20 February 2008

Potpourri: A melt, buds, and books

What a difference a few days makes. This was the scene here last Monday--and again on Wednesday. Then the rains began. We had a rain, a freeze, a pause for a couple of days, more rain, and then just a bit of a break.

Hard to believe that five-foot drifts could disappear to almost nothing in spots, but that's the nature of winter these days in my fair province. We could also have those drifts back--or worse--in a few days. It's no wonder we get a bit winterweary, crabby, gloomy at times. Then suddenly the sun comes out, and we're almost giddy with relief, even though we know the respite is brief.

This is also a hard time to get excited about the gardens, because everything looks so messy. Detritus from perennials breaking down, from the dooryard being plowed time and again the past few weeks, stuff that has been hiding in the snow, all emerges and clutters what looked so quietly pristine while wrapped in clean white snow. However, if the weather holds for a day or three, I might make a bit of attempt for pre-spring cleaning. Longsuffering spouse gets to rake the gravel off the grass...but we'll wait til we're surely finished with plowing. April, for sure!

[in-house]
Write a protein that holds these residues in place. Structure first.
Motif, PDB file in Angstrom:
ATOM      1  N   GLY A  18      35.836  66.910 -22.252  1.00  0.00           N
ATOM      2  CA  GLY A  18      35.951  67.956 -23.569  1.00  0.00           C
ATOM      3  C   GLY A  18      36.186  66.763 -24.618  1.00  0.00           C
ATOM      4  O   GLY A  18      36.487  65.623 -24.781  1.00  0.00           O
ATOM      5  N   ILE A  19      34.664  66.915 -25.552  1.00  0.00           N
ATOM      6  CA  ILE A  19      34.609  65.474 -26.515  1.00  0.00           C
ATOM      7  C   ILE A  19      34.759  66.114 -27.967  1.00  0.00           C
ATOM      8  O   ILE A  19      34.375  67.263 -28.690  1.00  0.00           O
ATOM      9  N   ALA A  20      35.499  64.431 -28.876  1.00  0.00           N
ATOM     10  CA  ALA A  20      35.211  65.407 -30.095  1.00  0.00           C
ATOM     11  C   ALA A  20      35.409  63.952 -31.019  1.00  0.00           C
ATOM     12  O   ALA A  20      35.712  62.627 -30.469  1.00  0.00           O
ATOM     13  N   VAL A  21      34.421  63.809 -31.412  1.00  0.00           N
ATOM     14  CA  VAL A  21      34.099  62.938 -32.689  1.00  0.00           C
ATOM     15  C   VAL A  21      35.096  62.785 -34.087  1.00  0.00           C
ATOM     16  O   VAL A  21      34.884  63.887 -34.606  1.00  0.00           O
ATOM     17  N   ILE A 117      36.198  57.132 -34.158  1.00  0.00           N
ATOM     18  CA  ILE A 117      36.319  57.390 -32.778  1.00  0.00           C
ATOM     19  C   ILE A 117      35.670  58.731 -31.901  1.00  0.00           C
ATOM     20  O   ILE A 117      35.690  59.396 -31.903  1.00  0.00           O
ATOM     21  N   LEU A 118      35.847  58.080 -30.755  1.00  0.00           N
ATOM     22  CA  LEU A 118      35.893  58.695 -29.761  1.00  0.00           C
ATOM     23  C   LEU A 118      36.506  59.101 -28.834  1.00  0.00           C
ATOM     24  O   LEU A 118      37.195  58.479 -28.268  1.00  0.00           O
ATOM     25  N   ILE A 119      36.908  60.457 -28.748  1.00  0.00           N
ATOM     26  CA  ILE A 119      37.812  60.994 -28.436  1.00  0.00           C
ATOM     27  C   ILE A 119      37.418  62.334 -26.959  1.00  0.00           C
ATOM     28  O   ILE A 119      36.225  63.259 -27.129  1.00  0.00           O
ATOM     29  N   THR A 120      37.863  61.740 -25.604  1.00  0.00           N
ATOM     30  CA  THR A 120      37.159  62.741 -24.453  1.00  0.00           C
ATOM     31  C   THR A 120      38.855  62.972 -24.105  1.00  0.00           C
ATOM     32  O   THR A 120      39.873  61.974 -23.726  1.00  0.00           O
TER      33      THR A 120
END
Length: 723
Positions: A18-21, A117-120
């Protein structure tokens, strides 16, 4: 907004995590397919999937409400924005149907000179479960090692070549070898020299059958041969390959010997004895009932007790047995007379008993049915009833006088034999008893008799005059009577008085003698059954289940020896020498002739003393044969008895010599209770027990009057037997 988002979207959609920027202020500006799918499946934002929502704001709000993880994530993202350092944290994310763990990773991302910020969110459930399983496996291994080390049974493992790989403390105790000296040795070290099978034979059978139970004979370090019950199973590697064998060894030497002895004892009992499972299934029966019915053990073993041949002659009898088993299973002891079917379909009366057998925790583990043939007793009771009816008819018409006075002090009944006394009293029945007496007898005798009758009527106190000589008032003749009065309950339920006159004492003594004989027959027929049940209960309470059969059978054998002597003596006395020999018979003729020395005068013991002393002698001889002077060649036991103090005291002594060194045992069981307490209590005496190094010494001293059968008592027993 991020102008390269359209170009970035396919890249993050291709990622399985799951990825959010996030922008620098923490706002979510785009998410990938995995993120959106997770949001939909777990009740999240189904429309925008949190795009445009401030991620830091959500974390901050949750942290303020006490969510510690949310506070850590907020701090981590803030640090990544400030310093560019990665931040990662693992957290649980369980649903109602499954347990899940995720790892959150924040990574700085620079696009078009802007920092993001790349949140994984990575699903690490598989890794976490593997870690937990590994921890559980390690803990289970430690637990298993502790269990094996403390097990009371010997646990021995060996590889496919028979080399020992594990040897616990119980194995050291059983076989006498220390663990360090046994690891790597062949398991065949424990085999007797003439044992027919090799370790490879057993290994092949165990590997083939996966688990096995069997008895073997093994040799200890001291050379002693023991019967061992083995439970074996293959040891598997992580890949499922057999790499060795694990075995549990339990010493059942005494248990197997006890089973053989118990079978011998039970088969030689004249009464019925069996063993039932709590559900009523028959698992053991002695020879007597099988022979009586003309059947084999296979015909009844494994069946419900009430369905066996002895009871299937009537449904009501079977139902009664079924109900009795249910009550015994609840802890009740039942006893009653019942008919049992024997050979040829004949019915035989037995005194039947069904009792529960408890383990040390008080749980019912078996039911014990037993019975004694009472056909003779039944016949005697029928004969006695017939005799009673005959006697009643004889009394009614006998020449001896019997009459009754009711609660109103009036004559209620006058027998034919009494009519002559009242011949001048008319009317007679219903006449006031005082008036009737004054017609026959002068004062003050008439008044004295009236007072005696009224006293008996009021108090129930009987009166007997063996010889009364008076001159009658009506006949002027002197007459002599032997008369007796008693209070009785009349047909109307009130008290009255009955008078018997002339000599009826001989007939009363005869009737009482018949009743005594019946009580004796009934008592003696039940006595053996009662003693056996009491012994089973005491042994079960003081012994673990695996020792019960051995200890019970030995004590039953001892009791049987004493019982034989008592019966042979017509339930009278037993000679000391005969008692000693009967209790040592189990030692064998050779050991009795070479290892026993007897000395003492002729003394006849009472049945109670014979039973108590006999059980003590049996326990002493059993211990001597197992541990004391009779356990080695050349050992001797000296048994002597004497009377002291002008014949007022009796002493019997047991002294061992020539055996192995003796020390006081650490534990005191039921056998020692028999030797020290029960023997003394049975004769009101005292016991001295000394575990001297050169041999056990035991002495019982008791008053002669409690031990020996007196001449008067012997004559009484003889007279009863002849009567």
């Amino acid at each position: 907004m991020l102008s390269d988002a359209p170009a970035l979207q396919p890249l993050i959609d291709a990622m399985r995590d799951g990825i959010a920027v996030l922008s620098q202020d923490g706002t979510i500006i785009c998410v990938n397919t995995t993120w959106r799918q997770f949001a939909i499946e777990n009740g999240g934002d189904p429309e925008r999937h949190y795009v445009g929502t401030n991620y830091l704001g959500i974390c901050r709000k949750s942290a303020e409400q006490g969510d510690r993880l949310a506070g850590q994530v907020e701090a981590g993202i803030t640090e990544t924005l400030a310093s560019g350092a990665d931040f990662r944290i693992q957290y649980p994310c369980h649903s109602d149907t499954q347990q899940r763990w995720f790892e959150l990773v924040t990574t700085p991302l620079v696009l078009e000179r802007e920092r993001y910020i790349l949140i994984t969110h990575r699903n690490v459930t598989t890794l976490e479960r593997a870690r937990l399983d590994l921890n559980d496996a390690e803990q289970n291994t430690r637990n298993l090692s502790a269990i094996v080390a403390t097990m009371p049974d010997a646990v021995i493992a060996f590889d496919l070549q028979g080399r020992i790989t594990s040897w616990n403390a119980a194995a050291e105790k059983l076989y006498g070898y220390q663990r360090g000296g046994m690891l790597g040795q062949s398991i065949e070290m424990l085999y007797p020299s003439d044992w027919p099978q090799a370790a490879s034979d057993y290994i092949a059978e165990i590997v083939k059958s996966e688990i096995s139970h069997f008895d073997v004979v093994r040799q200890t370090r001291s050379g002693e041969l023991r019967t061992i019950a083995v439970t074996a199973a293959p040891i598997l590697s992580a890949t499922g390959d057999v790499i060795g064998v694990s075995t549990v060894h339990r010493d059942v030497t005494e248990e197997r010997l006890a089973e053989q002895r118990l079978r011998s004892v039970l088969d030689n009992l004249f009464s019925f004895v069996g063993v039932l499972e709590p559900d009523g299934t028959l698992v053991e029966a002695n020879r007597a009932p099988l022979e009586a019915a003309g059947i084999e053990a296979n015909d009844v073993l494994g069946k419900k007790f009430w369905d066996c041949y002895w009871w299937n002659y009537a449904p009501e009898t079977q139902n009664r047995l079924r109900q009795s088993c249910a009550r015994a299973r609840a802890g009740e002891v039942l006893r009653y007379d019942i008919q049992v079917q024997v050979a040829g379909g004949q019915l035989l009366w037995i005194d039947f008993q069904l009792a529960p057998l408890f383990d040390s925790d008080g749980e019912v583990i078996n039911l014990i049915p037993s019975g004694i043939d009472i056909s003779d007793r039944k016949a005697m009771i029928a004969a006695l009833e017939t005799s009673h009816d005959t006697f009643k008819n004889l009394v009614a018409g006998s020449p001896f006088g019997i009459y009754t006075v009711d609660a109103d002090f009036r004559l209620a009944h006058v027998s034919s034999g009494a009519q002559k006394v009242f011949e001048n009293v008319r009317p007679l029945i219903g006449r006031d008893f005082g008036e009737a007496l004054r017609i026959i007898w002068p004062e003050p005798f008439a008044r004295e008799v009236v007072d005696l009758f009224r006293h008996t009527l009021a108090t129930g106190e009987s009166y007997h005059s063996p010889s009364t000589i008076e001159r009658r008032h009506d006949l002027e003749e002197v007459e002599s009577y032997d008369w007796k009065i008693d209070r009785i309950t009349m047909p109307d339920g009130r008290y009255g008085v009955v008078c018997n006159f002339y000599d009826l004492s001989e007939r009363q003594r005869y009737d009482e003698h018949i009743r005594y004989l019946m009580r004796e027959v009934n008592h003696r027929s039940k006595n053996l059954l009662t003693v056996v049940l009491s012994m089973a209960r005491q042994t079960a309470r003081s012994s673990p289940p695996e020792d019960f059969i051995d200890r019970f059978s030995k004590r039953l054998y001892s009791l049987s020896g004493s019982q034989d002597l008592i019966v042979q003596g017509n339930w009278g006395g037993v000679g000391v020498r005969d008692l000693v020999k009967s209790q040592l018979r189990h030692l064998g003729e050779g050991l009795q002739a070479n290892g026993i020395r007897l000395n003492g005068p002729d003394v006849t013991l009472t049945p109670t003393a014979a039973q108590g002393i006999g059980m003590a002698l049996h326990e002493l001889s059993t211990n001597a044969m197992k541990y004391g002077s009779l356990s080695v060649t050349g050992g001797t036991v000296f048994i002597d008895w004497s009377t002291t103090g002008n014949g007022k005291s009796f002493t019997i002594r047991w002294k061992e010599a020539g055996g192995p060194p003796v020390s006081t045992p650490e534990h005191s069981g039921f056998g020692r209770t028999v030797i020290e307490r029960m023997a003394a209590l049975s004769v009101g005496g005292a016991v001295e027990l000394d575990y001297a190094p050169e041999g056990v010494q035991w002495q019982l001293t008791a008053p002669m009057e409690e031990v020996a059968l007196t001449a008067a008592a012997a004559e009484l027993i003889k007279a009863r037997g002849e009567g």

A walk around the yard yielded some surprises, despite the grunge in beds. Normally, a wallflower surrenders by late fall, driven into mush by the frosts, the cold, the snow, the rain...but look at this! Either this plant has become a mutation, or its buds have freezedried...or it's still planning to live and bloom.

Now, today I was doing a bit of catchup reading and was lost in complete and utter hellebore-envy, when I went to Frances of Faire Garden's post about her hellebores. Regular readers have heard my lamentations in the past about my troubles with hellebores; they grow beautifully for me, come through what normal gardeners have for winter, start to wake up--and get slammed by one of our later rain/snow/cold sessions, and turn to mush. I put one more plant in last spring, under my hamamelis 'Diane', and wasn't feeling too optimistic about its survival chances. So imagine my surprise when I found that so far...the plant is alive and well.

And what's this? Can this be...buds? On MY hellebore? Could this be the year? (Hope springs eternal...)
Now, my question to those of you who do well with hellebores: if YOU lived in an eccentric climate where spring plays with our affections until well into May...with wild fluctuations in temperature, all kinds of precipitation, and other crankinesses...would you mulch this plant now with straw or evergreens to protect it from what's coming?